I caught everyone’s cold this past week. I caught everyone’s cold. It was like hotdish, a hodgepodge of everything at once. Bits and bobs of everyone’s illness jumbled together and infiltrated my core just in time for two days off in a row. That first night, I awoke at three in the morning to the most severe, persistent pain in my ears. I could hardly breathe. My throat was daggers. And yet, I had no coffee filters, no eggs, no strawberries, and no soup. This is the point when I realized one of the greatest purveyors of mundane discomfort: having a cold in the wintertime when you live alone.
The last time this happened, I was in Munich. I told myself my symptoms were normal [spoiler alert: they were not]. Every block into the city felt a mile. The cold, damp air cracked through my bones. At one point, I ended up on the train with my friend Rob on the way to the hospital. When it lurched to a stop, I wobbled so hard he had to catch me. He sat next to me in the hallway, showing me his dissertation to distract from the wait. The doctor took my temperature, shook his head, and convincingly muttered, Schlecht! Friends, it wasn’t good. I left the country early…and promptly got stranded in New York City. For days.
That’s how it is, I suppose. Nothing works out the way we intend it to at the beginning, and I think it’s because there are so many factors all the damn time. All the time. This time around, it feels like all of them converged into a killer cold: one man’s fever, another’s confusion, one’s nausea, with sore throat and congestion and ear pain.
This past Friday marks my first visit to the coffee shop near my apartment in which I did not share anecdotes with whomever made my Americano. Even my eyebrows were disheveled, the veins at my temples pulsing at the pressure they were housing.
I likely shouldn’t have operated any heavy machinery, but desperate times, man. I don’t know why I put three kinds of coconut and mini chocolate chips in my shopping cart at Target, but I totally did. When I reached the cashier, I dearly wished for somebody to help me lift everything onto the belt. That night, I called my mom, and she got an earful before my own ears submitted to pain bubbles once more.
Flash forward a day, and I have newfound energy. I am getting a breath of fresh air, and I like the way this building perks unassumingly. In the car, I have these cookies packed for someone, unsure who it is I will run into. I end up sitting across from my dear friend, Kirk. It will never not be surreal that we are in the same place again.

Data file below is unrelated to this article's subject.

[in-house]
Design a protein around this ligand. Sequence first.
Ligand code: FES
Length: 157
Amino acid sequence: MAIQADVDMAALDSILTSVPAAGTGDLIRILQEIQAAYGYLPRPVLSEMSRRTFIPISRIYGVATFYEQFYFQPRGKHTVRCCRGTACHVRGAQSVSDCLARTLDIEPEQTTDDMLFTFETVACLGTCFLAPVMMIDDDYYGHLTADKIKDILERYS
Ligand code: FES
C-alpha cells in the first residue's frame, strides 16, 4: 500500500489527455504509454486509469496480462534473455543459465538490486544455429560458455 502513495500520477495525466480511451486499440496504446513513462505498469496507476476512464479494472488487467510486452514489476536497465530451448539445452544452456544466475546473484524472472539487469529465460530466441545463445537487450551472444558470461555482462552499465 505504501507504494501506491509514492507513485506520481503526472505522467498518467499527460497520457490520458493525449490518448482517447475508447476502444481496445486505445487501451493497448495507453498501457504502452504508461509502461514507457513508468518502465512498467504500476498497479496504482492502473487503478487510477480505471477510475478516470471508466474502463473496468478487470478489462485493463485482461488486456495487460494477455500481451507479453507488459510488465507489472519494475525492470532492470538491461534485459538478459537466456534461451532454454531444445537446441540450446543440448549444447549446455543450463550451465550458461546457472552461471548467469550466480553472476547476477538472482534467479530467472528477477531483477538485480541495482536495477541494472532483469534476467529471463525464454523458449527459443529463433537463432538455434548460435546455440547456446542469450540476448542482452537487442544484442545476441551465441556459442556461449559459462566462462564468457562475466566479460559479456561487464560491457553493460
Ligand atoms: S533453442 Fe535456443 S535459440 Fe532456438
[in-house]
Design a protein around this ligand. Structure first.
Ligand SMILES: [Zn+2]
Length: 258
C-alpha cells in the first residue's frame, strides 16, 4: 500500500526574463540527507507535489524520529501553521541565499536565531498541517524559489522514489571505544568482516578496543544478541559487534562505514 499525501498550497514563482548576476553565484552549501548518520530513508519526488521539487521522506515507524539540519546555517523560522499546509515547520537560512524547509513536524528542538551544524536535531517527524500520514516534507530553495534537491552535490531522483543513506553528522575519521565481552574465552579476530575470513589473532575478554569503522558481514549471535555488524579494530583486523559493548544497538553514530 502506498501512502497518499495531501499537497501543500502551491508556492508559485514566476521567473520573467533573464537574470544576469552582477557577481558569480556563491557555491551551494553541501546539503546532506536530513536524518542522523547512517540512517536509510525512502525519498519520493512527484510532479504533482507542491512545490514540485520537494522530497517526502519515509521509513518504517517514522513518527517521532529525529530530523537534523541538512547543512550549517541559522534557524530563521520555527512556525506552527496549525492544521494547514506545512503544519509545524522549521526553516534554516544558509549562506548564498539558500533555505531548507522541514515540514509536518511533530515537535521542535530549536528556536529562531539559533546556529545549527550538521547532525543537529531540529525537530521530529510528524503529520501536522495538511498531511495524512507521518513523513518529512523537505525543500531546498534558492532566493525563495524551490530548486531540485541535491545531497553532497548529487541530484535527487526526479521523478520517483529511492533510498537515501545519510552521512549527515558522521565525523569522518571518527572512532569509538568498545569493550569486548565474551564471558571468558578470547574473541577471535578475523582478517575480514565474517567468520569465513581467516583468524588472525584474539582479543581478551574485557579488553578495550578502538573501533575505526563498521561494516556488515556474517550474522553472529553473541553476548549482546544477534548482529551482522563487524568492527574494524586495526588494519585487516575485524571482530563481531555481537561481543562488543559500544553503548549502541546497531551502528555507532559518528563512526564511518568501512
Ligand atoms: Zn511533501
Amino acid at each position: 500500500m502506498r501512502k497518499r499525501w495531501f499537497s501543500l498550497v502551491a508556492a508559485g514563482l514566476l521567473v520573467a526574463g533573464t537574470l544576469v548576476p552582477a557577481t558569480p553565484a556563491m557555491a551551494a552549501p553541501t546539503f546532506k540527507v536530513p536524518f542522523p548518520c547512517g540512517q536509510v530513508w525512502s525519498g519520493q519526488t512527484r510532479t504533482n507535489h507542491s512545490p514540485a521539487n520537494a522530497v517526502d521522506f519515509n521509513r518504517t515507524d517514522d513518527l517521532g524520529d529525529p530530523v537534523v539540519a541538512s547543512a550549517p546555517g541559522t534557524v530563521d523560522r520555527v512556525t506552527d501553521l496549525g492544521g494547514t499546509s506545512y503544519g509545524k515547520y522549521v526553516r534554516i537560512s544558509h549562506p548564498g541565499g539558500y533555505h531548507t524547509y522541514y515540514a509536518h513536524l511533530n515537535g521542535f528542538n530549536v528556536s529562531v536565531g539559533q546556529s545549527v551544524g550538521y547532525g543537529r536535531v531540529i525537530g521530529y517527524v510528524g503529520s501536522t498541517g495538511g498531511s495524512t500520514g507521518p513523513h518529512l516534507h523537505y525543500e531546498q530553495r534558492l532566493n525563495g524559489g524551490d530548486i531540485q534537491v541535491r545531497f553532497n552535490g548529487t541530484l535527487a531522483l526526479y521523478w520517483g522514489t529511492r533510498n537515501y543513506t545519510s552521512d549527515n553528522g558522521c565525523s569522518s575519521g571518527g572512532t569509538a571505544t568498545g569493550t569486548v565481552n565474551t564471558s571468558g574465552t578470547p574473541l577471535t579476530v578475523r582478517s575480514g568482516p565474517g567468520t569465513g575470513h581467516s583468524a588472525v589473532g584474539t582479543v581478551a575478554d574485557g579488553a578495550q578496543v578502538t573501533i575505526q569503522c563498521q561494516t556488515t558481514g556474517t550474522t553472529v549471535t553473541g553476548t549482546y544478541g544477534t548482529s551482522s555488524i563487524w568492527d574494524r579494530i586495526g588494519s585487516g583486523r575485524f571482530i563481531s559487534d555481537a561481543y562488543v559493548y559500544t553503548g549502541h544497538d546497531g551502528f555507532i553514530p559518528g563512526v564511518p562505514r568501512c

We break the cookies into pieces, discussing how we remember things and how we express them and how my ears seemed to close me off from the world for a bit [and how I think it was so I could think for a minute]. Sometimes, you need to come back to yourself. It can be quietly. It can be in a bubble. And there are cookies waiting for you when you return.
Thinking fondly of Almond Joys: these are crispy, crackly, crunchy, chewy almond-coconut rounds, speckled with dark chocolate and browned at the edges. They are vegan and they are free of glutinous stuff and they are that way because the ingredients combine that way to taste how I suspect might be best. And all of it together at once feels better again.
Almond Joy Cookies
Makes about a dozen
1/2 cup almond meal
1/2 tsp baking soda
1/4 tsp salt
1/4 tsp cinnamon
3/4 cup coconut oil, at room temperature (solid)
1/4 cup maple syrup
1/2 tsp princess emulsion (or 1 tsp vanilla extract)
1 cup desiccated coconut
1/2 cup large coconut flakes
1/4 cup coconut flakes
1/3 cup mini chocolate chips
Preheat oven to 350 degrees Fahrenheit. Grease and line a baking sheet with parchment paper. In a medium bowl, whisk together almond meal, baking soda, salt, and cinnamon. In a large bowl, beat coconut oil until smooth. Beat in maple syrup and princess emulsion. Beat in dry ingredients, then gently stir in all types of coconut. Gently stir in chocolate chips until just combined. Scoop in heaping tablespoonfuls, rolling the dough into balls and spacing out on baking sheet. Gently press each cookie down into a disc. Bake for 8 minutes, rotating halfway through. Allow to cool for five minutes on the baking sheet before transferring to cooling rack to cool completely. Cookies are best when completely cool, and will keep in an airtight container for 3 days.